Keynote: A ‘Look’ into the Underlying Mechanisms and Rehabilitation Interventions for Gait Impairment in Parkinson’s disease.
Time : 10:40-11:20
Dr. Quincy Almeida is the Director of the Movement Disorders Research & Rehabilitation Centre (MDRC) at Wilfrid Laurier University. With 100+ published articles. He is an expert in motor control, balance and gait assessment and exercise rehabilitation for Parkinson’s disease. His research has been funded by the Canadian Institutes for Health Research, the Natural Science and Engineering Research Council of Canada, the Canadian Foundation for Innovation, and the Brazilian National Council for Scientific and Technological Development. He has been awarded the Queen Elizabeth II Diamond Jubilee Medal, the Franklin Henry Young Scientist Award for motor control in Canada, and the Early Career Distinguished Scholar Award from the North American Society for the Psychology of Sport & Physical Activity.
Gait and balance deficits are arguably the most debilitating symptoms associated with Parkinson’s disease (PD), as well as the leading cause of loss of independence and quality of life in PD. One example is the so-called ‘freezing phenomena’, in which patients report feeling like their feet are glued to the ground leaving them unable to make their next step. This motor symptom is argued by many to dopa-resistant, and often leads to an increased risk of trips and falls. Thus, it is considered one of the most severe gait disorder associated with advanced PD.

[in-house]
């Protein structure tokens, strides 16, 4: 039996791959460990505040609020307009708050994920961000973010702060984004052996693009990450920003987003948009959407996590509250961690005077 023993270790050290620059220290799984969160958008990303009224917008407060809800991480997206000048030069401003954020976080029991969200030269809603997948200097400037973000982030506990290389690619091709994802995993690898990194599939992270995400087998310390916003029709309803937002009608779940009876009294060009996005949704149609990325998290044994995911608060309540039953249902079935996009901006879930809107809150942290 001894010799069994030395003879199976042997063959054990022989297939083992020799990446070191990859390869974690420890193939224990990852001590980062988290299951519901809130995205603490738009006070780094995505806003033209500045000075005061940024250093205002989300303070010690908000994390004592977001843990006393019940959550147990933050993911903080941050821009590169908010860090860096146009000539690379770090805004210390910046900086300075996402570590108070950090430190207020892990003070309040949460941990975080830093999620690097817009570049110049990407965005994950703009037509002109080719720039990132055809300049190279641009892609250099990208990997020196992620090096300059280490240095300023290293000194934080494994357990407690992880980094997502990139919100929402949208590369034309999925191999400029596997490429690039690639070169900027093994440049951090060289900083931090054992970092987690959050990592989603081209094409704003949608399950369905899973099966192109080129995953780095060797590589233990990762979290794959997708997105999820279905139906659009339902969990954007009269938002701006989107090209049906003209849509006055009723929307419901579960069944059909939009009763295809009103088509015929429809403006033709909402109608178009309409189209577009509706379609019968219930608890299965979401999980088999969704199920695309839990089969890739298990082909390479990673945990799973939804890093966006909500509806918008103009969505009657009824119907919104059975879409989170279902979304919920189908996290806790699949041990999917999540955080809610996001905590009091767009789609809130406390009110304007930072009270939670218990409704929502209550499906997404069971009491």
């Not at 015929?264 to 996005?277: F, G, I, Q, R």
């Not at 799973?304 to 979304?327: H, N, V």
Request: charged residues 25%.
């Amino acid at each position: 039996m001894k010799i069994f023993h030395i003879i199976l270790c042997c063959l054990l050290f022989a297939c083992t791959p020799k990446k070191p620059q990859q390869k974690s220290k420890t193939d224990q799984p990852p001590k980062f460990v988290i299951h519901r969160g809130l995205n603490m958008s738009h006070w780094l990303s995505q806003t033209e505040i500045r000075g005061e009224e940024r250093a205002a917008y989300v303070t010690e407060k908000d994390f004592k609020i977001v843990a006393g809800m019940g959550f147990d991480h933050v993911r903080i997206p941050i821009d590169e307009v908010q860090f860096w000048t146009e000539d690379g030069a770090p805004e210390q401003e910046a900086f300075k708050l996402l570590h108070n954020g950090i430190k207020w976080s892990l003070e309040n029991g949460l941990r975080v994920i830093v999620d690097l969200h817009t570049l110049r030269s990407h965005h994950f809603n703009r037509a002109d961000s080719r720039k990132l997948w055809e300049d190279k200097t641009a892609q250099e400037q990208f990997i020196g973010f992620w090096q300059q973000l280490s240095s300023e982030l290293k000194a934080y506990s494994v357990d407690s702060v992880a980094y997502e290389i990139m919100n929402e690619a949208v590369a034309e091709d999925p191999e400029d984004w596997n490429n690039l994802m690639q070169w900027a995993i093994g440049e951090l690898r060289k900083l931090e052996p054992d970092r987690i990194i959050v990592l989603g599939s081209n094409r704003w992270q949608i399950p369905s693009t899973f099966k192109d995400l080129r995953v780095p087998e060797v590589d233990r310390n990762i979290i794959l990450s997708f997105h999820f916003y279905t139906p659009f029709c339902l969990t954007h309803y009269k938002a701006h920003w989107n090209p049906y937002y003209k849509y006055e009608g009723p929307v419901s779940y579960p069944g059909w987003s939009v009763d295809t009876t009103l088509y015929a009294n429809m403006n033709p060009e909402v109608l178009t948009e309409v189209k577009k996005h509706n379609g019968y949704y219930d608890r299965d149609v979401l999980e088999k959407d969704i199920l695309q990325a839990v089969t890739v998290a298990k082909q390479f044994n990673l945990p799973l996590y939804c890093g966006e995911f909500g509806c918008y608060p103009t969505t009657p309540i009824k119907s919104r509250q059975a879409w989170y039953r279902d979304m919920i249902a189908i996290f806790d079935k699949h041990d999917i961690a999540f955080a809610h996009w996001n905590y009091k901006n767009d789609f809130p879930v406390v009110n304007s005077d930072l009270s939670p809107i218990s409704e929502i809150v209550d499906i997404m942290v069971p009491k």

This presentation will utilize a series of experiments to systematically disentangle the sensory, perceptual, cognitive and emotional processes involved in the planning and control of human walking, In order to enhance our understanding of the underlying mechanisms of the typical motor symptoms seen in PD. Subsequently, these basic science discoveries will be translated into therapeutic interventions that target these mechanisms, with the goal of identifying the most novel and effective rehabilitation strategies recommended for PD.